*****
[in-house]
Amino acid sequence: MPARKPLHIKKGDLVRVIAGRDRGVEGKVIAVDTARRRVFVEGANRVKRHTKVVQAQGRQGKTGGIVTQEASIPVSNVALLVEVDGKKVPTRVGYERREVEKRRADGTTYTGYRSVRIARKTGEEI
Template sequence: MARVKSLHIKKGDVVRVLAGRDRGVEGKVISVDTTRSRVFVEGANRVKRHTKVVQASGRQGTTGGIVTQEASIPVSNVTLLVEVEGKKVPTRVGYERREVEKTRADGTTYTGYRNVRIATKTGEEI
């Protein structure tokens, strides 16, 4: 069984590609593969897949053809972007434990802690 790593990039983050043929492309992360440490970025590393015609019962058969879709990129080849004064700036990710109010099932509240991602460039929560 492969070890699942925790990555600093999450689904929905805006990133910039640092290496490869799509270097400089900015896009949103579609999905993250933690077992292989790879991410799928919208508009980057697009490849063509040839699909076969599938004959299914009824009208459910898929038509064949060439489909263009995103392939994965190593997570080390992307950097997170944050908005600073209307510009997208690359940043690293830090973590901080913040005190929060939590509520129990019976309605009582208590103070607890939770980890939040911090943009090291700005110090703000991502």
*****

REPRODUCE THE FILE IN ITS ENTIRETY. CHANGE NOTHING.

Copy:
[in-house]
Amino acid sequence: MPARKPLHIKKGDLVRVIAGRDRGVEGKVIAVDTARRRVFVEGANRVKRHTKVVQAQGRQGKTGGIVTQEASIPVSNVALLVEVDGKKVPTRVGYERREVEKRRADGTTYTGYRSVRIARKTGEEI
Template sequence: MARVKSLHIKKGDVVRVLAGRDRGVEGKVISVDTTRSRVFVEGANRVKRHTKVVQASGRQGTTGGIVTQEASIPVSNVTLLVEVEGKKVPTRVGYERREVEKTRADGTTYTGYRNVRIATKTGEEI
């Protein structure tokens, strides 16, 4: 069984590609593969897949053809972007434990802690 790593990039983050043929492309992360440490970025590393015609019962058969879709990129080849004064700036990710109010099932509240991602460039929560 492969070890699942925790990555600093999450689904929905805006990133910039640092290496490869799509270097400089900015896009949103579609999905993250933690077992292989790879991410799928919208508009980057697009490849063509040839699909076969599938004959299914009824009208459910898929038509064949060439489909263009995103392939994965190593997570080390992307950097997170944050908005600073209307510009997208690359940043690293830090973590901080913040005190929060939590509520129990019976309605009582208590103070607890939770980890939040911090943009090291700005110090703000991502």